The key to keeping any tool in excellent operating condition is having it serviced on a regular basis. If you don’t, you’ll start to notice some bad effects.
A Japanese handsaw will be no exception.
To maintain a Japanese hand saw, and to keep it in good working order, it requires some basic and important handling, such as storing it properly, keeping it dry, lubricating it regularly, and removing rust as soon as possible.
In this post, I’ll go through the fundamental maintenance procedures you’ll need to maintain a Japanese hand saw and keep it in good working order. I’ll also go over when you should sharpen and when you shouldn’t, as well as how to do so.
- What is a Japanese Hand Saw?
- Why is it important to maintain a Japanese hand saw?
- How to maintain a Japanese hand saw?
- How long do Japanese saw blades last?
What is a Japanese Hand Saw?
A Japanese hand saw, like the ones from Suizan, is a wood-cutting tool invented and manufactured in Japan. It is sometimes referred to as a nokogiri.
Japanese hand saws can cut straight lines, like most western hand saws, but on top of that, they are intended to cut curves as well.
The Japanese hand saw has smaller teeth than a regular hand saw and is designed to cut on the pull stroke. The teeth are constructed of high-carbon steel as well and are extremely strong and sharp.
If you want to learn more about Japanese hand saws and the differences between them and western hand saws, you should read my article, — Should I Buy Western or Japanese Hand Saws?
In that post, you’ll learn about the best saw to use for your projects. The answer to that may be surprising and helpful, so be sure you don’t miss that article.
Just like any other hand saw, it is good to maintain a Japanese hand saw regularly. This will keep your hand saw as good as new.
Below You will find out why it is important to maintain a Japanese hand saw and a few tips on how to maintain a Japanese hand saw.
Why is it important to maintain a Japanese hand saw?
The Japanese handsaw is one of the most crucial hand tools in my workplace.
I’m realizing more and more that with these handsaws, I can make my work clean and exact with a really fine saw cut.
I’ve been using these handsaws for a few years now and owing to proper care, they’re still as good as new.
So why is it important to maintain a Japanese hand saw?
In a nutshell, it’s about retaining that familiar precise cut, accuracy, and sharpness.
A decent Japanese handsaw is simple to operate, ergonomic, and produces excellent results. By giving the Japanese handsaw the attention it deserves, you can count on the exceptional results you can get with this style of saw time and time again.
So let’s take a look at how to maintain a Japanese hand saw so that it stays as good as new.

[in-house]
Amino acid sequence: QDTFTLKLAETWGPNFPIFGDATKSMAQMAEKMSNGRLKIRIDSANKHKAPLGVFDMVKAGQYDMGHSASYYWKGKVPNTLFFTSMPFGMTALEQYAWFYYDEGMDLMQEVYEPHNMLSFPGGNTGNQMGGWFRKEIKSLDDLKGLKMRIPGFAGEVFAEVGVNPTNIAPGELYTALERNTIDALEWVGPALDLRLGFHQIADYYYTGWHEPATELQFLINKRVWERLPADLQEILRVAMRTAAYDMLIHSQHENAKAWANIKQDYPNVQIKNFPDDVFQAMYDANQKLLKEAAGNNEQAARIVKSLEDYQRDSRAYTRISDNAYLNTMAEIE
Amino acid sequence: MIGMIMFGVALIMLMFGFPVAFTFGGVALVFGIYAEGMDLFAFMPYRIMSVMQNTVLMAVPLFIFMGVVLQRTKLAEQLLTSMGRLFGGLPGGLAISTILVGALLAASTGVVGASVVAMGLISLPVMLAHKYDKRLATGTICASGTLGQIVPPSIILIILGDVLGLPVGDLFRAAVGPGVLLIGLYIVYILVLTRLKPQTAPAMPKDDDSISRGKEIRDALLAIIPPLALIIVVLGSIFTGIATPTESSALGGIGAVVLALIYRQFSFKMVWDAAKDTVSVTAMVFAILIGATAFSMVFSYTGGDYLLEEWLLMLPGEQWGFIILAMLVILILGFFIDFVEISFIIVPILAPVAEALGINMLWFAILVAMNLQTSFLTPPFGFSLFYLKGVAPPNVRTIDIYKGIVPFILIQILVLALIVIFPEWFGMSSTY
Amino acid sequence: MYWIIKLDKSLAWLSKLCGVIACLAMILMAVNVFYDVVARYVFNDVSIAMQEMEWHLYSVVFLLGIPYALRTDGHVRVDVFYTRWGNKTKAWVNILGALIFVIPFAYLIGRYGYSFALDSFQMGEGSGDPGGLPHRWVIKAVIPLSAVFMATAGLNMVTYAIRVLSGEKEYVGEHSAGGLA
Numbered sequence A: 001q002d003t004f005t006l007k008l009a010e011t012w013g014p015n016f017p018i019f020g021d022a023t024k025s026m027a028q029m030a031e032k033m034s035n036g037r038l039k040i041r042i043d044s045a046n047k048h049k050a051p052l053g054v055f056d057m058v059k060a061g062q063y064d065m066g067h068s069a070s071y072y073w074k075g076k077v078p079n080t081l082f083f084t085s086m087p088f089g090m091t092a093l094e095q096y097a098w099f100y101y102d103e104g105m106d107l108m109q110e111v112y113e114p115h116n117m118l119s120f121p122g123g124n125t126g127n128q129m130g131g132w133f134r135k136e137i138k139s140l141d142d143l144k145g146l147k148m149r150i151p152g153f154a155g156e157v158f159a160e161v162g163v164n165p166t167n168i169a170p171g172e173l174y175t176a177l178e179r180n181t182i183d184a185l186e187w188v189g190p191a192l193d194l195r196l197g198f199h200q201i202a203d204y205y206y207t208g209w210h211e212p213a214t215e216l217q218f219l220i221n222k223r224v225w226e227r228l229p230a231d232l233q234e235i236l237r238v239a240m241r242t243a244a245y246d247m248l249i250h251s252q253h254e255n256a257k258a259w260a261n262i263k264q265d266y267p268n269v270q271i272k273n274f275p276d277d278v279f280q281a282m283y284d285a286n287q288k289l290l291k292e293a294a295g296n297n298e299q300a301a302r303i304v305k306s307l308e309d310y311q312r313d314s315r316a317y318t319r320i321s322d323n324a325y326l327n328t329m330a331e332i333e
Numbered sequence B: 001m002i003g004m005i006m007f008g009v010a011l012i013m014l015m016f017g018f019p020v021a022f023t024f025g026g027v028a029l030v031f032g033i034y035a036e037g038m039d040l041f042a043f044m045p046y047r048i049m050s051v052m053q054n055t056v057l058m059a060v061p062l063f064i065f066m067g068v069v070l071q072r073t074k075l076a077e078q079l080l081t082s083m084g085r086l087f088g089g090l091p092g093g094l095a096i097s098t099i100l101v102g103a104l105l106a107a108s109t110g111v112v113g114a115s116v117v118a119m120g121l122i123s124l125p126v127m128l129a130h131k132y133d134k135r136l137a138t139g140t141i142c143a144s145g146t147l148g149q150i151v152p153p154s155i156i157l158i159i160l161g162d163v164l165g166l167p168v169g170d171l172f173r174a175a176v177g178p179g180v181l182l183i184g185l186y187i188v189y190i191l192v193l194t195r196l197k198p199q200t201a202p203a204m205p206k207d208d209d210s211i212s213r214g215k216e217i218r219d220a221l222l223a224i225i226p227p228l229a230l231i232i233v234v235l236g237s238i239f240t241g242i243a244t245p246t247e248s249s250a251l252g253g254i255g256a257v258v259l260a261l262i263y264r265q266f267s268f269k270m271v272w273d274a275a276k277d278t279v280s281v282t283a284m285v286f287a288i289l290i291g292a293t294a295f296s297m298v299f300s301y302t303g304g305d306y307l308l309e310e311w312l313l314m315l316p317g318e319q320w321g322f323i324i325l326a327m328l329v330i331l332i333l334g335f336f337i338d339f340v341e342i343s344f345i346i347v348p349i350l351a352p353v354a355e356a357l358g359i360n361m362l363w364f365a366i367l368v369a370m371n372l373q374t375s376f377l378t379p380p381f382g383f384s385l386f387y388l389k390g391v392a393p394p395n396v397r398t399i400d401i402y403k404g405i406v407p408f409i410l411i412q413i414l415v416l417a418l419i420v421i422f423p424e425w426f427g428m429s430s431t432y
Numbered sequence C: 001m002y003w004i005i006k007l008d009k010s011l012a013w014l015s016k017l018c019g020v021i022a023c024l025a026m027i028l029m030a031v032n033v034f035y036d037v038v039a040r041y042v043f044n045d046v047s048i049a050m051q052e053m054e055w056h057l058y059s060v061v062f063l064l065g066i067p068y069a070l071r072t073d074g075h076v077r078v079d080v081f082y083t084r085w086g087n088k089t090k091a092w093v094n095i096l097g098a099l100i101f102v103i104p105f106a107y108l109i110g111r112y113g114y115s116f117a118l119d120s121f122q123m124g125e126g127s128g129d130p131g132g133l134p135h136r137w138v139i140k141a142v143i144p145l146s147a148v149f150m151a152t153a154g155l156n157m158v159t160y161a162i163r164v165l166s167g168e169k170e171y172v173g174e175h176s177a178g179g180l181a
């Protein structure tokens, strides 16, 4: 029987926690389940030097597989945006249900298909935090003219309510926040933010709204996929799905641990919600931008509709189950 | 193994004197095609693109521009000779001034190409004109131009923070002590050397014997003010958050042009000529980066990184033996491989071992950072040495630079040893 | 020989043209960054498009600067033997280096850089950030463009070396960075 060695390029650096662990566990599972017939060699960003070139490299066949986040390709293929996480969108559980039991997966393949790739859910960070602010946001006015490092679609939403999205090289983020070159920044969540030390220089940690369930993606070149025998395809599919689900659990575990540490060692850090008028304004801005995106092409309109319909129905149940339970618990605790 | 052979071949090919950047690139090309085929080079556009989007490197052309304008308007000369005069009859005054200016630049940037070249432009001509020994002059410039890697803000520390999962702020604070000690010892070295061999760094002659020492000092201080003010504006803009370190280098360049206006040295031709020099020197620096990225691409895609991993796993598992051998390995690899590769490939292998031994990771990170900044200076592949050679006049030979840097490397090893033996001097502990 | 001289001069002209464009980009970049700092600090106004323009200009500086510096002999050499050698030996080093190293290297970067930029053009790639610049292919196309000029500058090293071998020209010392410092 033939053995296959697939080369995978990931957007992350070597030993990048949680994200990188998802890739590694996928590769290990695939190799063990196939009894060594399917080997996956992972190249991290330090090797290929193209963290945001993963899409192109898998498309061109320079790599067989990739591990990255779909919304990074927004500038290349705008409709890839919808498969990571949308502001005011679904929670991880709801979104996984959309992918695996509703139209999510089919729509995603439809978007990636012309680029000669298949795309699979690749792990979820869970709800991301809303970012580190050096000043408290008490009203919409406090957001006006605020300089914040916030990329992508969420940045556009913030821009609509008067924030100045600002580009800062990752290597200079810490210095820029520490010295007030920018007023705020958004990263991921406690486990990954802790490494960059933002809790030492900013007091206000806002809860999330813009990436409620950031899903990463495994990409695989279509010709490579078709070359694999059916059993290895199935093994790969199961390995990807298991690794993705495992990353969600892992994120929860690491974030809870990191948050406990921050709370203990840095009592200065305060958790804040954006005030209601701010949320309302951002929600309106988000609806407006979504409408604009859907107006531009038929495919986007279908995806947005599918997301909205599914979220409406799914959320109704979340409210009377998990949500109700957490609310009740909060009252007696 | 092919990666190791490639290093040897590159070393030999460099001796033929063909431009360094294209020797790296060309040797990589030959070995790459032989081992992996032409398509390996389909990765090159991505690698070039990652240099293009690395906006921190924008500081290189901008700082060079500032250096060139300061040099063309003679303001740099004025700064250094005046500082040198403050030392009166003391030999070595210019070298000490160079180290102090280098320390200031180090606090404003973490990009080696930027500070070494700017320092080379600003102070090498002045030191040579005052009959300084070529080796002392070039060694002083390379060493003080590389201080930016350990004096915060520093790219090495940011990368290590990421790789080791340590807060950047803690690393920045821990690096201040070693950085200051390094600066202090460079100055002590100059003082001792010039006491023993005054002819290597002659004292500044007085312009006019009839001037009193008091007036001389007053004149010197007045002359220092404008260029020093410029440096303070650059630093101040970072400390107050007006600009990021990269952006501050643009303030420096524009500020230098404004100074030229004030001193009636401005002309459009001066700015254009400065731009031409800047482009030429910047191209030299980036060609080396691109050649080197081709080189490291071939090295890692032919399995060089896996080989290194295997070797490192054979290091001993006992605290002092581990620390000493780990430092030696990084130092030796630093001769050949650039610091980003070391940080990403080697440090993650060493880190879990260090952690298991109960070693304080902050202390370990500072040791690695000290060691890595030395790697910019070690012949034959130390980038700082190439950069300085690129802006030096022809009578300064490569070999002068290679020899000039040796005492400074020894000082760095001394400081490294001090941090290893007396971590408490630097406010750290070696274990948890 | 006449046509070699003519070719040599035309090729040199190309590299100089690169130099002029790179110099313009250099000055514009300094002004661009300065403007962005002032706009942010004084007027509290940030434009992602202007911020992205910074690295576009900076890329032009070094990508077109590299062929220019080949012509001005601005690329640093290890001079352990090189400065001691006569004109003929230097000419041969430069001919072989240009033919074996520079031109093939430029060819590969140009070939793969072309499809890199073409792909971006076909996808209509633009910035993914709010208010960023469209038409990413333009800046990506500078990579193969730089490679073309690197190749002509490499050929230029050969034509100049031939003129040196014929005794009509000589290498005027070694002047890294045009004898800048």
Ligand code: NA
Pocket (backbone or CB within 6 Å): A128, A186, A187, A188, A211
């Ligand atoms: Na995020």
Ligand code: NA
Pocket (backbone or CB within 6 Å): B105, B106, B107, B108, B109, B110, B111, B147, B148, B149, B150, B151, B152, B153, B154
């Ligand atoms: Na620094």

How to maintain a Japanese hand saw?
There are a few things you can do to keep your Japanese hand saw in good condition. I’ve included the steps I take to keep my Japanese saw in good working order below, which can inspire you on how to maintain a Japanese hand saw if you have one yourself.
You may always email me if you have an excellent tip that should be included in this list.
Store your Japanese hand saw properly.
One of the first and most important steps in learning how to maintain a Japanese hand saw is to properly store them. This is a step I take to preserve all the instruments in my workshop in good shape. That is what I do with the Japanese hand saw as well.
Nothing is more damaging to your tools than being flung around in an area where they have a greater potential of falling, becoming blunt, being stepped on, or going under anything and causing damage.
You may easily come up with several storage options, but sometimes the simplest approach is the best. In my instance, the Japanese handsaw is hung on the wall, simply on a hook in a location where it will not come into touch with other materials or instruments.
Never keep this saw in a drawer with other equipment.
When you open or close the drawer, the material within shifts somewhat, which might cause friction between the tools. The Japanese hand saw’s tiny sharp teeth can be damaged, blunted, or even broken off.
Place the Japanese handsaw in a drawer where it is well-protected all around, or wrap the saw in a towel.
The other day, I received a tip from Boris L., a loyal visitor to my website. He told me he kept his pull saw on his wall, using a strong magnet to hold the saw by the blade. That way, he can quickly pull the saw off the wall and put it back in place. A handy tip! Thanks for that, Boris!
Keep it dry.
Keeping the Japanese saw dry is one of two things you can do to keep the saw blade from rusting.
Keep your handsaw in a dry place with as little humidity as possible. Small rust spots on the saw blade might be caused by moisture in the air.
These rust patches should be seen as little clumps. As a result, your saw blade will not only get thicker but also rougher in that location.
As a result, the Japanese saw will cut through the wood much more slowly, creating a rougher cut and requiring more effort to cut through the wood.
Lubricate the saw blade.
The next thing to do to keep the rust away and maintain a Japanese hand saw is to lubricate it.
You can easily lubricate the saw blade with an oil such as WD40. This is best done after each usage of the Japanese saw or at the end of the workday.